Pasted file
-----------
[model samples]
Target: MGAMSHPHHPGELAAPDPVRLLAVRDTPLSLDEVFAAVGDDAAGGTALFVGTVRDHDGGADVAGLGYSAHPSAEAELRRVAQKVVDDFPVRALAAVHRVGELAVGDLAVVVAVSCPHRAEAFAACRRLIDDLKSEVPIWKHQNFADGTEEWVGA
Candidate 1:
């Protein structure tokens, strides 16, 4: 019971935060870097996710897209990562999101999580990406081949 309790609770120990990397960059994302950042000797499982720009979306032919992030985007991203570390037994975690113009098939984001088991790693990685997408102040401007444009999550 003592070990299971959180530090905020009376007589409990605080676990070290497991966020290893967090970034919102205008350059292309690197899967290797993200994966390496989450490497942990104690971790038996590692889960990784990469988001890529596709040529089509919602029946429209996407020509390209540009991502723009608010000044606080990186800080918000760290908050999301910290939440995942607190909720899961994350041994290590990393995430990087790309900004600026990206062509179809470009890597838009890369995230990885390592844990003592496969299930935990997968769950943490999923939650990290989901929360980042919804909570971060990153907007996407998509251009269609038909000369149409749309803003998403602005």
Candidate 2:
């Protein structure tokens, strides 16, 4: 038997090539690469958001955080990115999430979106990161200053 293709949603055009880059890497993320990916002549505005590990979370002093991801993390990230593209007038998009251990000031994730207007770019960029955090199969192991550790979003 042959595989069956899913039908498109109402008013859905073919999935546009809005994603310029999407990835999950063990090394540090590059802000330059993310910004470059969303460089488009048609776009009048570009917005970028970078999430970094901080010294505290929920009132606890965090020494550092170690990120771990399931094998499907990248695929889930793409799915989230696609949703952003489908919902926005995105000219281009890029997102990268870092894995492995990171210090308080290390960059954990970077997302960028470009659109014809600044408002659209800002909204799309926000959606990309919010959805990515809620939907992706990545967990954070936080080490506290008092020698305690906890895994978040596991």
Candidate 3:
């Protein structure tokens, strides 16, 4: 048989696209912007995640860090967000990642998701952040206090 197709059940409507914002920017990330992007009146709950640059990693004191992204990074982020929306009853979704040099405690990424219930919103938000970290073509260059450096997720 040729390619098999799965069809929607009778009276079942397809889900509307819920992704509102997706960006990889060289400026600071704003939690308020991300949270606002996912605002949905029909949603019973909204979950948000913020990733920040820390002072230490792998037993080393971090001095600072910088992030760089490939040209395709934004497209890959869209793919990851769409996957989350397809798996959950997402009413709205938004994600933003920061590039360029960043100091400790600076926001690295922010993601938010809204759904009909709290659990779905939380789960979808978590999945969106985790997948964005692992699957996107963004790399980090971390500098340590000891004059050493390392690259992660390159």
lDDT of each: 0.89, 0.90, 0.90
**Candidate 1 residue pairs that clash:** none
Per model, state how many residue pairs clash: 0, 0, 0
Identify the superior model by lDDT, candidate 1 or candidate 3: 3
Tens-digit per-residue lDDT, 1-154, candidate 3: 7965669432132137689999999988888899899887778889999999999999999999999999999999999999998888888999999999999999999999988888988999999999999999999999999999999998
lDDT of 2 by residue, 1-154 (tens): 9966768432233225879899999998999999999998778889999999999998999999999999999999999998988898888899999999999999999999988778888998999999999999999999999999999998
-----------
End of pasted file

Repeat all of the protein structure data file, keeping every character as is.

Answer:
[model samples]
Target: MGAMSHPHHPGELAAPDPVRLLAVRDTPLSLDEVFAAVGDDAAGGTALFVGTVRDHDGGADVAGLGYSAHPSAEAELRRVAQKVVDDFPVRALAAVHRVGELAVGDLAVVVAVSCPHRAEAFAACRRLIDDLKSEVPIWKHQNFADGTEEWVGA
Candidate 1:
């Protein structure tokens, strides 16, 4: 019971935060870097996710897209990562999101999580990406081949 309790609770120990990397960059994302950042000797499982720009979306032919992030985007991203570390037994975690113009098939984001088991790693990685997408102040401007444009999550 003592070990299971959180530090905020009376007589409990605080676990070290497991966020290893967090970034919102205008350059292309690197899967290797993200994966390496989450490497942990104690971790038996590692889960990784990469988001890529596709040529089509919602029946429209996407020509390209540009991502723009608010000044606080990186800080918000760290908050999301910290939440995942607190909720899961994350041994290590990393995430990087790309900004600026990206062509179809470009890597838009890369995230990885390592844990003592496969299930935990997968769950943490999923939650990290989901929360980042919804909570971060990153907007996407998509251009269609038909000369149409749309803003998403602005």
Candidate 2:
């Protein structure tokens, strides 16, 4: 038997090539690469958001955080990115999430979106990161200053 293709949603055009880059890497993320990916002549505005590990979370002093991801993390990230593209007038998009251990000031994730207007770019960029955090199969192991550790979003 042959595989069956899913039908498109109402008013859905073919999935546009809005994603310029999407990835999950063990090394540090590059802000330059993310910004470059969303460089488009048609776009009048570009917005970028970078999430970094901080010294505290929920009132606890965090020494550092170690990120771990399931094998499907990248695929889930793409799915989230696609949703952003489908919902926005995105000219281009890029997102990268870092894995492995990171210090308080290390960059954990970077997302960028470009659109014809600044408002659209800002909204799309926000959606990309919010959805990515809620939907992706990545967990954070936080080490506290008092020698305690906890895994978040596991």
Candidate 3:
């Protein structure tokens, strides 16, 4: 048989696209912007995640860090967000990642998701952040206090 197709059940409507914002920017990330992007009146709950640059990693004191992204990074982020929306009853979704040099405690990424219930919103938000970290073509260059450096997720 040729390619098999799965069809929607009778009276079942397809889900509307819920992704509102997706960006990889060289400026600071704003939690308020991300949270606002996912605002949905029909949603019973909204979950948000913020990733920040820390002072230490792998037993080393971090001095600072910088992030760089490939040209395709934004497209890959869209793919990851769409996957989350397809798996959950997402009413709205938004994600933003920061590039360029960043100091400790600076926001690295922010993601938010809204759904009909709290659990779905939380789960979808978590999945969106985790997948964005692992699957996107963004790399980090971390500098340590000891004059050493390392690259992660390159």
lDDT of each: 0.89, 0.90, 0.90
**Candidate 1 residue pairs that clash:** none
Per model, state how many residue pairs clash: 0, 0, 0
Identify the superior model by lDDT, candidate 1 or candidate 3: 3
Tens-digit per-residue lDDT, 1-154, candidate 3: 7965669432132137689999999988888899899887778889999999999999999999999999999999999999998888888999999999999999999999988888988999999999999999999999999999999998
lDDT of 2 by residue, 1-154 (tens): 9966768432233225879899999998999999999998778889999999999998999999999999999999999998988898888899999999999999999999988778888998999999999999999999999999999998